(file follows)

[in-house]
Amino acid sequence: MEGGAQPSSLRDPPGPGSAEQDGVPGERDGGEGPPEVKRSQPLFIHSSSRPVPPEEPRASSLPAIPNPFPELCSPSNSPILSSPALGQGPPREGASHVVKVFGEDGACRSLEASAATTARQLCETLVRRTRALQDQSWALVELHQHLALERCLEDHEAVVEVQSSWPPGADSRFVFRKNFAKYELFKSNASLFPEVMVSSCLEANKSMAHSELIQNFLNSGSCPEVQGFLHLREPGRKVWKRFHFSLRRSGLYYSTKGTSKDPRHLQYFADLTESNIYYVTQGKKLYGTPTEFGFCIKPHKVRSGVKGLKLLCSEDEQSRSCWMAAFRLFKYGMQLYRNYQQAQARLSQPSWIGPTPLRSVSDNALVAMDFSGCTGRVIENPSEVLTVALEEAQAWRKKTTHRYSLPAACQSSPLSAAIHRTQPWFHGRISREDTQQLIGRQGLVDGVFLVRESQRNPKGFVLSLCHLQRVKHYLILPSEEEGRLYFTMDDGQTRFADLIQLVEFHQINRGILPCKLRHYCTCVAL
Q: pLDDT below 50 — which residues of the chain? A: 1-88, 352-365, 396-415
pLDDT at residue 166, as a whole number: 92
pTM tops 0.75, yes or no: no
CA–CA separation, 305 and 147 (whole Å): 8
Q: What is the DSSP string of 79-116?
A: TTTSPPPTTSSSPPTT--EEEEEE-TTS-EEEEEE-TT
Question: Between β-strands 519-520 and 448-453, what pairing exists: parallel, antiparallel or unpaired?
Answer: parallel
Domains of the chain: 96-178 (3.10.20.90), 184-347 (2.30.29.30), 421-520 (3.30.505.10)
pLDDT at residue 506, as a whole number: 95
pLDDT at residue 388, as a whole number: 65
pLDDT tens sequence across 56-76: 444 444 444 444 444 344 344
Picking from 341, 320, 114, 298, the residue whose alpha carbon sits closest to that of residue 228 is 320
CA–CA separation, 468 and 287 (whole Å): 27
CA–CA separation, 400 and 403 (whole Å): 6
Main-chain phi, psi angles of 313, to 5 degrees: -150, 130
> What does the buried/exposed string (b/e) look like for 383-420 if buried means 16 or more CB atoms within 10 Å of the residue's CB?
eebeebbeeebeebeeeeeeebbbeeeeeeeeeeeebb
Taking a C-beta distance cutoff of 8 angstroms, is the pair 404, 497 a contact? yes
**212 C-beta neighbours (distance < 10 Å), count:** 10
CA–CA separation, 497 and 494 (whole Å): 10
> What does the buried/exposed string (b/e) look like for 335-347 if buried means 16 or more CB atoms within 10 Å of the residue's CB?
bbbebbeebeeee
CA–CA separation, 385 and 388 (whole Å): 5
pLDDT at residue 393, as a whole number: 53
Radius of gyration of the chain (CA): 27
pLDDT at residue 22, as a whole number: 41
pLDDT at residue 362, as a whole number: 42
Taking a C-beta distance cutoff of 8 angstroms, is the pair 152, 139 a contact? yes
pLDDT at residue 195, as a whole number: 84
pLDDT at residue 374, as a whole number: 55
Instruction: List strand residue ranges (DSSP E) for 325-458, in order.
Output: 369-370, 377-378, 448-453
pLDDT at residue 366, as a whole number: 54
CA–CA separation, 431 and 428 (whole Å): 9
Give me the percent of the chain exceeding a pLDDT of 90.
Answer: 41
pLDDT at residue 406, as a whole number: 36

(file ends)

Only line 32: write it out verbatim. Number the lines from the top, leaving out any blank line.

pLDDT at residue 195, as a whole number: 84